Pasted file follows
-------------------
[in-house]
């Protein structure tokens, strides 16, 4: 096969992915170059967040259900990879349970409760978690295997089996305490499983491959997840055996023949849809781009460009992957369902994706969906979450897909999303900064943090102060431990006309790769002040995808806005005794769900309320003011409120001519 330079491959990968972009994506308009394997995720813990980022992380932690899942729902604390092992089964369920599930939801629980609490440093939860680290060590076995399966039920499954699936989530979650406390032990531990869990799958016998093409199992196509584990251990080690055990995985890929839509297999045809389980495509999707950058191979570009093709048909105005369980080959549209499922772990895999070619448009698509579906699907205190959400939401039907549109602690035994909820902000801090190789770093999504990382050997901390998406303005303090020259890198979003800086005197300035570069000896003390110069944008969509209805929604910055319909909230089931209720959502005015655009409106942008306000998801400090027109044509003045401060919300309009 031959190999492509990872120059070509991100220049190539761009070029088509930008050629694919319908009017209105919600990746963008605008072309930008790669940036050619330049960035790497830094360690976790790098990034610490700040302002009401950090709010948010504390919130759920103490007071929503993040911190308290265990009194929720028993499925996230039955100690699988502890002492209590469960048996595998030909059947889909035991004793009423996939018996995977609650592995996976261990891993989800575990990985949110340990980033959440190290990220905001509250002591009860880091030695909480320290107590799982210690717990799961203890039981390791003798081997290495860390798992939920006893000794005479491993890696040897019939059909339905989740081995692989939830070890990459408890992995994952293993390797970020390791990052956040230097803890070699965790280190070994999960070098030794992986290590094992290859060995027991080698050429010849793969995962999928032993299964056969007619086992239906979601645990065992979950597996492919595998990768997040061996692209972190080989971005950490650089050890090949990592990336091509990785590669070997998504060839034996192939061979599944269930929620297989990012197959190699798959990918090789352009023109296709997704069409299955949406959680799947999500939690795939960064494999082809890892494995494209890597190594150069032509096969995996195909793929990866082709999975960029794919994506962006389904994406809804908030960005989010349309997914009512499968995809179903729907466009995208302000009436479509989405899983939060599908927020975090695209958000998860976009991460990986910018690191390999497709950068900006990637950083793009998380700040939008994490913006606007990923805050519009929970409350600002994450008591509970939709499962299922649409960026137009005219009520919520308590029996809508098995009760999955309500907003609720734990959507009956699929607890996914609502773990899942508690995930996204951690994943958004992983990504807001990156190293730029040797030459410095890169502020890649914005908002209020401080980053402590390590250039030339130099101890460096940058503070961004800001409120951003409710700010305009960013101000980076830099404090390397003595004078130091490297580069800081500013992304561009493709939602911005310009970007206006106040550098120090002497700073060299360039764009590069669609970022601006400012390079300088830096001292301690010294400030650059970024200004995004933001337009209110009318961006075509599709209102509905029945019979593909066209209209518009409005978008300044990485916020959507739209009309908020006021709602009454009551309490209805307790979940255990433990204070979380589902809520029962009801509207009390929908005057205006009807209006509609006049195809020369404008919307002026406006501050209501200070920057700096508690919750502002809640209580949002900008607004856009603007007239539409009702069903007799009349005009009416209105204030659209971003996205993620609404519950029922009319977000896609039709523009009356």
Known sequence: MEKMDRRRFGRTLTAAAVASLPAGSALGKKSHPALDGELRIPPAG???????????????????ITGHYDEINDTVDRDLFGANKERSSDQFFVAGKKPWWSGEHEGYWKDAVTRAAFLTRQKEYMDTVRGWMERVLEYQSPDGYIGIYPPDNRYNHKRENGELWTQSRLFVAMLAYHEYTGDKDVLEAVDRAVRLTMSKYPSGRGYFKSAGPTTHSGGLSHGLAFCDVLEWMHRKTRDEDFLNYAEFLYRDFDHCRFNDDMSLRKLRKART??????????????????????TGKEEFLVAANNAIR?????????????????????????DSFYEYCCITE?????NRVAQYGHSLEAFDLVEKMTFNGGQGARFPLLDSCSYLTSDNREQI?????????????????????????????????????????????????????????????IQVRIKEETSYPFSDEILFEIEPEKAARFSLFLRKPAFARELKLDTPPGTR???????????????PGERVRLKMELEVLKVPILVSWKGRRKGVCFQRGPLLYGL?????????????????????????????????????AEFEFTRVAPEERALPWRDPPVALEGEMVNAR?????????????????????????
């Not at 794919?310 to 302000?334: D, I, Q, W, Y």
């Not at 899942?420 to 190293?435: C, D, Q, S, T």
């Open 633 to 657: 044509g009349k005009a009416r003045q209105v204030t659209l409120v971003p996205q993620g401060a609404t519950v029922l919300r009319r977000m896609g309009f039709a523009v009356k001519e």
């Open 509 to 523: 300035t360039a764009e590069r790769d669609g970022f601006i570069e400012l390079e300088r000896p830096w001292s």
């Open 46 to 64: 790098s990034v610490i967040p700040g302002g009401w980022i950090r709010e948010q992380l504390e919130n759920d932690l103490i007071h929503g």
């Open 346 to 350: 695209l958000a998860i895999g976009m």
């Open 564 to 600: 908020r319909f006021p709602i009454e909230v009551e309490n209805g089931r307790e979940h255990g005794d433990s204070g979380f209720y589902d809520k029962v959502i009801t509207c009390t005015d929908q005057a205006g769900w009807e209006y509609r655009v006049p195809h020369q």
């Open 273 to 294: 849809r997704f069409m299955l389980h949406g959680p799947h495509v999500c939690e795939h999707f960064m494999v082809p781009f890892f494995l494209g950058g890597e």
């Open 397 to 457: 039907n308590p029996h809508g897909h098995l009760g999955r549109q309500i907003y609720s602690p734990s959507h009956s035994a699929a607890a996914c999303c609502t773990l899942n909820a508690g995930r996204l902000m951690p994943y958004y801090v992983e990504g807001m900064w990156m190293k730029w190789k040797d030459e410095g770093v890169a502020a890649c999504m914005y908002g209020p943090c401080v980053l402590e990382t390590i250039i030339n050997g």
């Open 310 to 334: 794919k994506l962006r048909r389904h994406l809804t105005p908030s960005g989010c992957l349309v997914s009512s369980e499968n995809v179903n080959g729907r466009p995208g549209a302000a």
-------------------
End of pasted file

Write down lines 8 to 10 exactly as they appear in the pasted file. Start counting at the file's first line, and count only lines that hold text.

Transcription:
């Open 46 to 64: 790098s990034v610490i967040p700040g302002g009401w980022i950090r709010e948010q992380l504390e919130n759920d932690l103490i007071h929503g």
């Open 346 to 350: 695209l958000a998860i895999g976009m």
């Open 564 to 600: 908020r319909f006021p709602i009454e909230v009551e309490n209805g089931r307790e979940h255990g005794d433990s204070g979380f209720y589902d809520k029962v959502i009801t509207c009390t005015d929908q005057a205006g769900w009807e209006y509609r655009v006049p195809h020369q």